The Shadow of Vietnam 20 Years Later, A New Book And Old Debates

April 30, 1995|By C. FRASER SMITH

The date, April 30, 1975, means everything and nothing.

Twenty years ago today, the only war America ever lost was ending officially and ignominiously. The image of U.S. helicopters taking off from the roof of the U.S. Embassy in Saigon, Vietnamese clinging to the landing gear, became an image of defeat.

Recalling that event, the nation's current leaders, its elder statesmen, its Vietnam veterans and their families may choose today to remember what the war meant to the nation and to them personally, as if they could ever for a moment forget.

It is merely a date, though, and for many the least important.

David DeChant is drawn to an earlier time, to the summer of 1966. "Brought up to be a Marine," he was ready to fulfill his destiny. He enlisted out of Good Counsel High School in Wheaton, served not one but two tours -- and still came back feeling guilty. He had survived.

He helped build memorials, one in Washington, one in Maryland, to the more than 58,000 American servicemen and women who were killed, 1,046 of them from Maryland.

One of these, August G. "Todd" Mannion Jr., died Dec. 20, 1966. Todd's mother, Catherine, began to sob as soon as she opened the front door that morning to find a team of uniformed men.

In that same Christmas season of 1966, Philip Berrigan and other priests from St. Peter Claver Church in West Baltimore knelt to pray in the snow outside the home of then-Defense Secretary Robert S. McNamara. Earlier that same afternoon, they had visited the home of Dean Rusk, the secretary of state.

"Both of them called later to talk to us at the parish. They wanted to convince us of the legitimacy of the war," Mr. Berrigan said in an interview at his Reservoir Hill home last week. He spent two hours in Mr. Rusk's State Department office.

The protester and the defense secretary missed each other's phone calls. They would became symbols of opposing sides in a debate that led to the pullout observed today.

Other important dates were recorded: On May 28, 1968, Mr. Berrigan and eight others built a fire of draft records in Catonsville. They were a tiny cell of protesters, but famous: the Catonsville Nine. Over the next seven years, after thousands more were killed and wounded, much of the nation joined them.

And now the wall between Mr. Berrigan and Mr. McNamara has fallen away. Mr. Berrigan continues his campaign against war and violence. He was arrested in the lobby of the World Bank this Easter season after pouring blood on the picture of a starving child. Robert McNamara recently published a controversial book apologizing for grave errors in Vietnam.

"He had real moral qualms about the war then," Mr. Berrigan said. "It was common knowledge. He shared his misgivings with the administration and the president [John F. Kennedy]."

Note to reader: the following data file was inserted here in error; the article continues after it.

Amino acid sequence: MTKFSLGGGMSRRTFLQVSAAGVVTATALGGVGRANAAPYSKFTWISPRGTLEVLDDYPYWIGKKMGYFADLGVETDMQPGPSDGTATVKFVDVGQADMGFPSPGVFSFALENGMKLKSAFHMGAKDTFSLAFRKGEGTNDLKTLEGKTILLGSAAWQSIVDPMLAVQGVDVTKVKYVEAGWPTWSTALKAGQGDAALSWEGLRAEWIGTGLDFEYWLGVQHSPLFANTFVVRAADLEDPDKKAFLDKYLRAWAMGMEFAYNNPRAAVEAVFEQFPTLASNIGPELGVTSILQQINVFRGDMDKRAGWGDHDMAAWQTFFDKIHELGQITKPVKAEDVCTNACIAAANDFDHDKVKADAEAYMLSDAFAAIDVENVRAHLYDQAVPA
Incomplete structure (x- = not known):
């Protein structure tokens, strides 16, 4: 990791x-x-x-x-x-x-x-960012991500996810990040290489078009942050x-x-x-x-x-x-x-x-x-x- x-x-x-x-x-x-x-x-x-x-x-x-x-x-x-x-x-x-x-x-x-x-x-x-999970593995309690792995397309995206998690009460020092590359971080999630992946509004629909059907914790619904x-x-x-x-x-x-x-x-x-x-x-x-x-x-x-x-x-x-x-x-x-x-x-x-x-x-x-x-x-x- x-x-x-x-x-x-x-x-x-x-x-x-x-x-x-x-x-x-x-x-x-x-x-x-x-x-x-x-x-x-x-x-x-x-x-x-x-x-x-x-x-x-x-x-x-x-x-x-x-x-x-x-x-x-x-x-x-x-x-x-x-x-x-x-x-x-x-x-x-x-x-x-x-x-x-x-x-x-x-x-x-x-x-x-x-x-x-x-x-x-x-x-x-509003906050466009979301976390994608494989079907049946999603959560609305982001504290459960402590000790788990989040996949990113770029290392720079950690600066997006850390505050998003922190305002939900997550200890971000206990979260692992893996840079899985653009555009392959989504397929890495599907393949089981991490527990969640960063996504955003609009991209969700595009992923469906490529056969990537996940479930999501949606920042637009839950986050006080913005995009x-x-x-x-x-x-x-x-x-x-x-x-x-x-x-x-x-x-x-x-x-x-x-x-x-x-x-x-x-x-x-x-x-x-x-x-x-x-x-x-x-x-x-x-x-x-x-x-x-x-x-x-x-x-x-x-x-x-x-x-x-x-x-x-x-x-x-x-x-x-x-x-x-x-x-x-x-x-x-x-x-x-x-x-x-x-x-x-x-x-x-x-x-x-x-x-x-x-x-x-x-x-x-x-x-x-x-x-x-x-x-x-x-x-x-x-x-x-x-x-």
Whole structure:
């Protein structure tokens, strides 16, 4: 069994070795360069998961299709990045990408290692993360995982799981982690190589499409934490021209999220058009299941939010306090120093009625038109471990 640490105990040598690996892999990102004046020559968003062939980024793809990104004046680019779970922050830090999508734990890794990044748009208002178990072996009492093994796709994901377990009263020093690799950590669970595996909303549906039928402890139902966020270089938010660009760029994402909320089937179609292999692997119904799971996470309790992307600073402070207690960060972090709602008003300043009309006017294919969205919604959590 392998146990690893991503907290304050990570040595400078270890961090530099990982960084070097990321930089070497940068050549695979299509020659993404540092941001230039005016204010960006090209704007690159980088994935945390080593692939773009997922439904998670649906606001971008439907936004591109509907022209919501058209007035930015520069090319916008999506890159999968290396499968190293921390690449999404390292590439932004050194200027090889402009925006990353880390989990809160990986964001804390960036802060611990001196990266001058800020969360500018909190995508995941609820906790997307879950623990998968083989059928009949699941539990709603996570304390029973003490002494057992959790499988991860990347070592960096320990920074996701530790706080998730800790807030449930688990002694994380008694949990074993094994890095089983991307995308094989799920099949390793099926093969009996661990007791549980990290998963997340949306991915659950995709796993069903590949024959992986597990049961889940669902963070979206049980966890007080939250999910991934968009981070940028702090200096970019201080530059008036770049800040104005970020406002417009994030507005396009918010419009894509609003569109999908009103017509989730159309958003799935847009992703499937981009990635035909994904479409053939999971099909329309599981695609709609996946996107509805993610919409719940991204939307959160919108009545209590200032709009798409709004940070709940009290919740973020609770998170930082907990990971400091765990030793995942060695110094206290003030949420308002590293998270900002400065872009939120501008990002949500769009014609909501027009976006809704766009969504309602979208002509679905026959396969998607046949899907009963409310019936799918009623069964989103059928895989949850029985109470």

The meticulously groomed and bespectacled McNamara, a former head of Ford Motor Co., embodied for critics the impersonality of the war-making machine. Given that, the significance of his silence cannot be overstated, Mr. Berrigan said.

"He should have quit. He might have broken the back of the war effort," he says. Some would argue Vietnam made the U.S. government more accountable, more open and more committed to informing the public; Mr. Berrigan differs.

"Government is determined to go ahead with nuclear weapons development and its war-making."

Mr. McNamara must answer also to Catherine Mannion, whose stoic refusal to criticize the government's Vietnam policy does not extend to forgiving him.

"I think he ought to keep his mouth shut now," she says. "Why didn't he come out when it might have saved a lot of lives? He's opening up the wounds of these 58,000 mothers. Doesn't he have any respect? It's only coming out now to sell his book. Or maybe his conscience caught up with him."

For the 29 years since Todd was killed, Catherine Mannion has been a leader in the American Gold Star Mothers, serving as national president in 1980 and 1981. She still works at Veterans Administration hospitals, something she started doing when Todd was a child. "Little did I dream at that time. . . ."

Again today she will mourn the 20-year-old who set aside his dreams to fight and die in a place called Pleiku, half a world away from his neighborhood in Belair-Edison. He had gone to school at the Shrine of the Little Flower and to Calvert Hall College, where he was a talented baseball player. A catcher and first baseman, he had tryouts with several major-league teams.

"I'm not an overly patriotic boy," he had said, according to his mother, "but I love this country, and if this is what is required of me, I will do it to the best of my ability."

After the initial shock and turmoil of his death, she said, "You have to do something or else. I did the 'something' and the 'else.' "

She does not weary of the interviews or phone calls from reporters and veterans. A business meeting of Gold Star Mothers from Maryland-Delaware chapter was scheduled to be held at her Elmley Avenue house yesterday.

Baltimore Sun Articles
|
|
|
Please note the green-lined linked article text has been applied commercially without any involvement from our newsroom editors, reporters or any other editorial staff.